Sunday, July 30, 2006

The Lady With The Tutti Frutti Hat - Carmen Miranda

A career profile from the All Brazilian Music website reeds:

Carmen Miranda (1909 - 1955) still stands as the most successful female Brazilian singer outside of the country. Born in Portugal, she was brought to Brazil as a baby, settling in Rio with her family. At age 15, she was working at a hat shop. In 1928, Carmem met with composer and guitarist Josué de Barros, who invited her for a benefit presentation and later introduced her into the radio world. The first recording happened in 1929, through Brunswick, featuring the samba "Não Vá Simbora" on one side and the choro "Se o Samba É Moda" on the other, both written by Josué. Her first great hit, "Pra Você Gostar de Mim (Taí)", was a sales phenomenon with 36.000 copies sold. She proceeded to make a number of recordings, worked in the movies and, as a duo with her sister Aurora, made history at the legendary Cassino da Urca, where, in 1928, Carmem first wore the costume that would become her trademark around the world.
At Cassino da Urca, she met a north-American producer who convinced her to travel to the United States. Accompanied by the Bando da Lua, Brazil’s greatest star left countless fans crying at her departure, arriving in America in 1939 – a complete unknown who couldn’t say a word in English. Soon she was performing songs like "Mamãe Eu Quero", "Tico-tico no Fubá", "O Que É Que a Baiana Tem?" and "South American Way" to big audiences, becoming a phenomenon also in the States as the second best paid artist in Hollywood. She was in 10 Hollywood movies, being dubbed The Brazilian Bombshell.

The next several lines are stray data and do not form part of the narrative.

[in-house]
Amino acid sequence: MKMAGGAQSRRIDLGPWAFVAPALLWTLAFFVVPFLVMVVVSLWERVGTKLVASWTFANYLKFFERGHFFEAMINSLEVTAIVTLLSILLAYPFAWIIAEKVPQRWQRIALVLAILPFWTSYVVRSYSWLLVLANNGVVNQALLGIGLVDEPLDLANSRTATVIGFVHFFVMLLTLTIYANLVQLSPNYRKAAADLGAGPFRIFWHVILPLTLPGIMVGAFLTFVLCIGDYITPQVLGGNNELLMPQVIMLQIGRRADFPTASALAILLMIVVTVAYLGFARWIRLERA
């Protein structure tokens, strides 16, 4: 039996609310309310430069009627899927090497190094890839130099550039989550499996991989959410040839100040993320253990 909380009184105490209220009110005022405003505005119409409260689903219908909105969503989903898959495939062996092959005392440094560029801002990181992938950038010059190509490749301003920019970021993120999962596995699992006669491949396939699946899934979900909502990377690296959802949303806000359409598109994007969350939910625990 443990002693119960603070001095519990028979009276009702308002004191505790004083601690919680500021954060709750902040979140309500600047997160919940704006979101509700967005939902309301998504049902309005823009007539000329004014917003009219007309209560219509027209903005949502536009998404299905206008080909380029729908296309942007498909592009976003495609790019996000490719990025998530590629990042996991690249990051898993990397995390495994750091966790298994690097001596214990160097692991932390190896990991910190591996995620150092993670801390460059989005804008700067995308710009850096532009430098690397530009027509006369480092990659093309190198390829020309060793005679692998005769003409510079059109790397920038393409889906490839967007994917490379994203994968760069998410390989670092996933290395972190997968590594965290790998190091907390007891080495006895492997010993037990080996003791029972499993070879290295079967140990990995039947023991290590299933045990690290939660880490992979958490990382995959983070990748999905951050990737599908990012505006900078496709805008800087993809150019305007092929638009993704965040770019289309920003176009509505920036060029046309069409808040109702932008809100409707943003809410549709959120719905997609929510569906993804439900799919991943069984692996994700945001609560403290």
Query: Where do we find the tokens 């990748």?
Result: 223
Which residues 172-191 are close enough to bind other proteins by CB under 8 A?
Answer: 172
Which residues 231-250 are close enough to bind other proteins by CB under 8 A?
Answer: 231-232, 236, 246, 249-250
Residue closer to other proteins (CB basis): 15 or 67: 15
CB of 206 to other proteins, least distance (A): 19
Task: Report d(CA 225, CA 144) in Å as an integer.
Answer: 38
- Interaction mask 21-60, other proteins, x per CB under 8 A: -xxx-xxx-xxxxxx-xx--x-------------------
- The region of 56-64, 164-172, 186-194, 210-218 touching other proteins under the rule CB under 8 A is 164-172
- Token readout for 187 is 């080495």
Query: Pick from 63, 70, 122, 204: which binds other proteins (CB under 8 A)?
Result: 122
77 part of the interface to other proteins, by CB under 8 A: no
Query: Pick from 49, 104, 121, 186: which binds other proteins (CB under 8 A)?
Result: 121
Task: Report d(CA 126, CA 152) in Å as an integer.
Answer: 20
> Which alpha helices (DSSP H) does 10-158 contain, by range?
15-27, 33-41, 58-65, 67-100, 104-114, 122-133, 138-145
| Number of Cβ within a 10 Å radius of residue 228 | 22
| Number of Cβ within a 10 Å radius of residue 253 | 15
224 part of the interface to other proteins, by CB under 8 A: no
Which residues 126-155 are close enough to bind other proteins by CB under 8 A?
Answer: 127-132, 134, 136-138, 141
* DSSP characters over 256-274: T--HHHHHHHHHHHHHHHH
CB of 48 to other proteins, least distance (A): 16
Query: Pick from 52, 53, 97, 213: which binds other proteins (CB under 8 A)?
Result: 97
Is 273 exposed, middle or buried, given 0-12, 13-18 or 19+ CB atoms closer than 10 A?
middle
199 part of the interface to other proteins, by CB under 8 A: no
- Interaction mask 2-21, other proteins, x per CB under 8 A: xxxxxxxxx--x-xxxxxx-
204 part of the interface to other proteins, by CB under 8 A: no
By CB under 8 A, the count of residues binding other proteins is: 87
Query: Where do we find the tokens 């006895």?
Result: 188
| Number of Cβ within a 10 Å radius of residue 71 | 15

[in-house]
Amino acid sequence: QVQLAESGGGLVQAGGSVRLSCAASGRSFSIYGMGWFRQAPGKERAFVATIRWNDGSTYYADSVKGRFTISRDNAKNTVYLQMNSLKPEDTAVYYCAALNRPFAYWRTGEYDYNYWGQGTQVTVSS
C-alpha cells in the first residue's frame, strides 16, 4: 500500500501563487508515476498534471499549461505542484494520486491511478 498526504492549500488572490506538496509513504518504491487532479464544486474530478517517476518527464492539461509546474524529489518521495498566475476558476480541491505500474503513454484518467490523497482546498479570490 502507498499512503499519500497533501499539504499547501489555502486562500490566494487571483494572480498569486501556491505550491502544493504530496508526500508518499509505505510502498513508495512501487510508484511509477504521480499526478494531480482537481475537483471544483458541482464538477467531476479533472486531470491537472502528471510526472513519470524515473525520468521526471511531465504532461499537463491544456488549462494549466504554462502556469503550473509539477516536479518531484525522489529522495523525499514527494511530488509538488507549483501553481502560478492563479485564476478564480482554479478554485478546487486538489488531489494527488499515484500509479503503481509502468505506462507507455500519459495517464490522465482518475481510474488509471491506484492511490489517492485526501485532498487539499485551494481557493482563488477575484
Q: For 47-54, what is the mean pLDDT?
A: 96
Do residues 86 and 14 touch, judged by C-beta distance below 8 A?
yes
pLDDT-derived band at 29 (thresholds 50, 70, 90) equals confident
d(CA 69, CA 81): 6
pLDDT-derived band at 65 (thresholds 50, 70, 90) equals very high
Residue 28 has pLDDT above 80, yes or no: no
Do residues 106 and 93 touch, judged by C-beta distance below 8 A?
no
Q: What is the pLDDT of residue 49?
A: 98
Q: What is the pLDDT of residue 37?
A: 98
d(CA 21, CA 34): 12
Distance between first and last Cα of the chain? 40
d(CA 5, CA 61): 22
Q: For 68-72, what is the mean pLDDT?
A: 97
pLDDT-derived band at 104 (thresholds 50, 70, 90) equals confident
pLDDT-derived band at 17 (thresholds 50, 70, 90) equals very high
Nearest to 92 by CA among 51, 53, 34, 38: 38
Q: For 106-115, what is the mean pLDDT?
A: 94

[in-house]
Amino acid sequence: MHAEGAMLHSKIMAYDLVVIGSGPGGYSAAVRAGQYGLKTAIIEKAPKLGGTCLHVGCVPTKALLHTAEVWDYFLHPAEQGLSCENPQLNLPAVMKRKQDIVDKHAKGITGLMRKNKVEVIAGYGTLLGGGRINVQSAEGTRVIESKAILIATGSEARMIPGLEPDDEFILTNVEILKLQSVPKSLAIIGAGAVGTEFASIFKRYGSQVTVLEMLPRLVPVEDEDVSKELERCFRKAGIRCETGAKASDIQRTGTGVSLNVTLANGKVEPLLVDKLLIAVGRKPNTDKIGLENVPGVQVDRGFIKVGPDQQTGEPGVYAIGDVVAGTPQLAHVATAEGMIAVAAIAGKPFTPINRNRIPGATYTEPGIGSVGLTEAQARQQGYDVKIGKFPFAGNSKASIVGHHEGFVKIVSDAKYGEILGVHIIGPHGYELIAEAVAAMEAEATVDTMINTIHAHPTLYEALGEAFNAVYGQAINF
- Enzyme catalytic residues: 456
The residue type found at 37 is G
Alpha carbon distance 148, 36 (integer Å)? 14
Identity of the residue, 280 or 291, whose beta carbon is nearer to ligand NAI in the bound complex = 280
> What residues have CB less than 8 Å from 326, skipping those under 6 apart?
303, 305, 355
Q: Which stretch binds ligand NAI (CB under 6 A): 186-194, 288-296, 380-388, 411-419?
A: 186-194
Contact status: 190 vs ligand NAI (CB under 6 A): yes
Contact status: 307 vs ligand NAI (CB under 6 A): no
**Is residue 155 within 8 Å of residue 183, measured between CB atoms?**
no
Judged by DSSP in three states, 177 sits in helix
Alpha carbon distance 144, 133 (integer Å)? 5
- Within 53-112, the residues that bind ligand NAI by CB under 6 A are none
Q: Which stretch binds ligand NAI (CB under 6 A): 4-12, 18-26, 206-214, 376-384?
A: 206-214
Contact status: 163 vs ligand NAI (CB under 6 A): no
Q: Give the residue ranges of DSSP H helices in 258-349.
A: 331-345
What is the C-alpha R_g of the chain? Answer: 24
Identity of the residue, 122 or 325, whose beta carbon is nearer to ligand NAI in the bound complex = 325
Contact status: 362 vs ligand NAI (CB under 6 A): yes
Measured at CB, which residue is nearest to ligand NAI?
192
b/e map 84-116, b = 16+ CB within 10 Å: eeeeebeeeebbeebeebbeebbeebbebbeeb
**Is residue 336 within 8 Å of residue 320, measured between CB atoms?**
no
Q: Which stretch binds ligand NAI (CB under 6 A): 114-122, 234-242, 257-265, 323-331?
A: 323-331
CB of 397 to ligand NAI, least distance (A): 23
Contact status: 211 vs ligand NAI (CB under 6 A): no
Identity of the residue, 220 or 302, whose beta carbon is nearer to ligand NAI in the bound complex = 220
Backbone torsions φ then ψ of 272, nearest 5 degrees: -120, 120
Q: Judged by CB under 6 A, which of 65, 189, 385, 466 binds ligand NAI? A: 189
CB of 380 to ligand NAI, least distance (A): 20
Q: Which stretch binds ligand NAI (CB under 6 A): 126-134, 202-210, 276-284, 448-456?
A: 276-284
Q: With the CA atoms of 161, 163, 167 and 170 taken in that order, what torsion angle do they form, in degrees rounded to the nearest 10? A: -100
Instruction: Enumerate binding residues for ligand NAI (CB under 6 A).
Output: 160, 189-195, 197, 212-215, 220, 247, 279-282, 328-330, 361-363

In 1940 she returned briefly to Brazil, being acclaimed by most of her fans, but also ditched by the crowds at Cassino da Urca. Devastated, Carmen requested that a song be made about the situation, and recorded "Disseram que Voltei Americanizada" ("They Say I’ve Been Americanized"). After that, she went back to the States and settled in Beverly Hills, maintaining her career as a singer and film and TV actress. In 1954, the pressures of the entertainment and music industries gave her a nervous breakdown, and Miranda returned to Brazil for treatment and some rest. Back in Beverly Hills in 1955, she suffered a heart attack and died, in August, after almost fainting during a TV performance.

Enjoy Carmen Miranda as the lady with the tutti frutti hat singing "Tico-tico no fúba", click here

Further info on Carmen Miranda including soundclips at AMG

A website dedicated to Carmen Miranda available here

Jo

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